15. I joined a new meetup group and met some interesting folks.
  16. I did two pub crawls in different towns with my husband.
  17. I got a massage.
  18. I listened to classical music while reading in my recliner, while sipping coffee, tea, or water.
  19. I baked banana bread from scratch.
I am sad that my "summer vacation" is almost over, but I'm very grateful that I had the chance to take it easy and forget about work for a while, all while enjoying great summer weather and the peak of growing season.

Tuesday, July 14, 2009

"Do you want to BE your disease?"

My husband asked me this question recently. It's because I'm so forthcoming about my condition with everyone, even people I just met - or never met yet (online pals). It's a question that made me stop and think. Am I doing the right thing? Is this information going to alienate my new friends, or cause them to judge me in a negative manner?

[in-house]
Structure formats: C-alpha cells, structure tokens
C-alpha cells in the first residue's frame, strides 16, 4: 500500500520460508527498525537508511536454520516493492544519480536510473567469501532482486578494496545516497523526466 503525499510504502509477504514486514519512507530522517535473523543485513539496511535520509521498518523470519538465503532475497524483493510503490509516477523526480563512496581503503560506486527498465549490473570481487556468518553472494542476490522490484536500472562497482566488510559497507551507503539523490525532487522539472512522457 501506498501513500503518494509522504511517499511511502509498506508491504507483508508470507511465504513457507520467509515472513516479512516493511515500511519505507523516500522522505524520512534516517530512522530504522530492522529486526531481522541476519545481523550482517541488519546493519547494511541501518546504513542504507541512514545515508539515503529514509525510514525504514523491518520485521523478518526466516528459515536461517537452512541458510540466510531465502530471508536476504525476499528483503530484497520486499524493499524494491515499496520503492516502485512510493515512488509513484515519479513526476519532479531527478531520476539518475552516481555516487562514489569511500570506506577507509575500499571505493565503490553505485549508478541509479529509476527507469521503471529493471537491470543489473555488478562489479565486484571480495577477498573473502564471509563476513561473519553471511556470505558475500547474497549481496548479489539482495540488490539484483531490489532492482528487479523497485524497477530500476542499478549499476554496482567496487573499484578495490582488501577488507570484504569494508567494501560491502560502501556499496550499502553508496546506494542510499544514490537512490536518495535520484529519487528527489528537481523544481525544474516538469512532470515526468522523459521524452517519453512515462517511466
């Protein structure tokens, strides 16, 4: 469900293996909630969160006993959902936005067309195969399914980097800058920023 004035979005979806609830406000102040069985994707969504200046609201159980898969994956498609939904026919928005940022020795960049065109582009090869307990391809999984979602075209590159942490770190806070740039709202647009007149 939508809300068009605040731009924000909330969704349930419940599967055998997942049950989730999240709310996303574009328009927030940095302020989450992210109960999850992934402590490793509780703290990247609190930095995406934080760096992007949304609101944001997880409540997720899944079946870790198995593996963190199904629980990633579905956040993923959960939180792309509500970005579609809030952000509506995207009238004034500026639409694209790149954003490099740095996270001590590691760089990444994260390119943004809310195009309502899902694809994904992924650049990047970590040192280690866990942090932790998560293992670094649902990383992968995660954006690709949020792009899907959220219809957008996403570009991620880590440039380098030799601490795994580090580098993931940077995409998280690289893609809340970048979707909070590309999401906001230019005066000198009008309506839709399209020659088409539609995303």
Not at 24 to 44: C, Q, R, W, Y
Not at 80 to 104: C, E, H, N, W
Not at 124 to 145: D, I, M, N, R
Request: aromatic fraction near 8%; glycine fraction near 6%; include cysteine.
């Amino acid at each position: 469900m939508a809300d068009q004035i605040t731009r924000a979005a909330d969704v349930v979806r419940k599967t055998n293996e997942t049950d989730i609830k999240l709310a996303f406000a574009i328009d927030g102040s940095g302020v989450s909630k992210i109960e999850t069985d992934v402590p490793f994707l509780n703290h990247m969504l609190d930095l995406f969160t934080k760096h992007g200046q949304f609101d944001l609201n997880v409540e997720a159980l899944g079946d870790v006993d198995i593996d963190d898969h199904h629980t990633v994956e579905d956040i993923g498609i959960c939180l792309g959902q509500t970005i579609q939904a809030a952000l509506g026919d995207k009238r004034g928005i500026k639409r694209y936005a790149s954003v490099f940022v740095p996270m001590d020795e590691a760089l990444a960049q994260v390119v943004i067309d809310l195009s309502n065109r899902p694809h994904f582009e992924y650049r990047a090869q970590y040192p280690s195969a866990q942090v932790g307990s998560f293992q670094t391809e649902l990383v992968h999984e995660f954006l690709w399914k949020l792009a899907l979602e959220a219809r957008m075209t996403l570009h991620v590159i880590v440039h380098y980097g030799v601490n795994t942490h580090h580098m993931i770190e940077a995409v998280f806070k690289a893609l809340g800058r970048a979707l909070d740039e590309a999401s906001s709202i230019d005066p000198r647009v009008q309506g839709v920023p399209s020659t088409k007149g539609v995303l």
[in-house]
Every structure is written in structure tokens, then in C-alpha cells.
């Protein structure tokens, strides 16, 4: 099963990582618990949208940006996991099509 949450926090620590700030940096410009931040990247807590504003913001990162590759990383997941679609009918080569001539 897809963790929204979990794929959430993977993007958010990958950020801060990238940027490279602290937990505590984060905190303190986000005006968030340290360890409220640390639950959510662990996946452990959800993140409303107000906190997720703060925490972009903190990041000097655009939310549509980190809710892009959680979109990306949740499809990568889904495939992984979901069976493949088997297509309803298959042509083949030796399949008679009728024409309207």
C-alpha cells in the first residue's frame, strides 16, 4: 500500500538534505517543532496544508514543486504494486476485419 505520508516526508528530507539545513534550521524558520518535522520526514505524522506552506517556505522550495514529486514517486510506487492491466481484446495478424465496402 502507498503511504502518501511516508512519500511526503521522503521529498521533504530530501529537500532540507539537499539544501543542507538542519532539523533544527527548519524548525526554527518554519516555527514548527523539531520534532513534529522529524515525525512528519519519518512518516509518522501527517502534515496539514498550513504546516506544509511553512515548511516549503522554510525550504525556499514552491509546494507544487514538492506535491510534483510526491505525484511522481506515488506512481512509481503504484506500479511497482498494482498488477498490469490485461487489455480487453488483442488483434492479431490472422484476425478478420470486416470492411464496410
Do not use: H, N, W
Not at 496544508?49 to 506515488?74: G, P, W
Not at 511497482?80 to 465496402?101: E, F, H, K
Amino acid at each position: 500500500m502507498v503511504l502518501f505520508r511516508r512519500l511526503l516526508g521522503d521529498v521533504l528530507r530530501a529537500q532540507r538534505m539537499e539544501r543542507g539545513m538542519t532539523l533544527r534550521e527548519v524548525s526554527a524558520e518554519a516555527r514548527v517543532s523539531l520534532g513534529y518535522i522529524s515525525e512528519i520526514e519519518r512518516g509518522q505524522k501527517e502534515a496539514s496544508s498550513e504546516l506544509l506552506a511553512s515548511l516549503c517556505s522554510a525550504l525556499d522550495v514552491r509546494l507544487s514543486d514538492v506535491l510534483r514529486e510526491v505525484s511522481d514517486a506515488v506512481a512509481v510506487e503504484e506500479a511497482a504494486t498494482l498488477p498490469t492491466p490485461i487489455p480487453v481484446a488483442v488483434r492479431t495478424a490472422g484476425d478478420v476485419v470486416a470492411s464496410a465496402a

I just like to share everything, so people don't guess or wonder about me. I realized that I am secretly hoping to preemptively give people the information that would explain any strangeness about me that I expect them to encounter, eventually. With an invisible disease like Fibromyalgia, I don't want people to think I'm fine because I don't look or act "sick" during their initial interactions with me - I may not be up to the next outing or whatever, and want to be upfront about that. I'm the kind of person who doesn't like those phony "let's get together sometime" un-vitations. We all know someone who confirms attendance at an event or party and then doesn't show. I HATE that. I am the kind of person who means what she says, and I don't want any false expectations. I figure that it's only fair to others if I let them know what's going on with me right away.

My husband's got his own invisible disease - Crohn's - so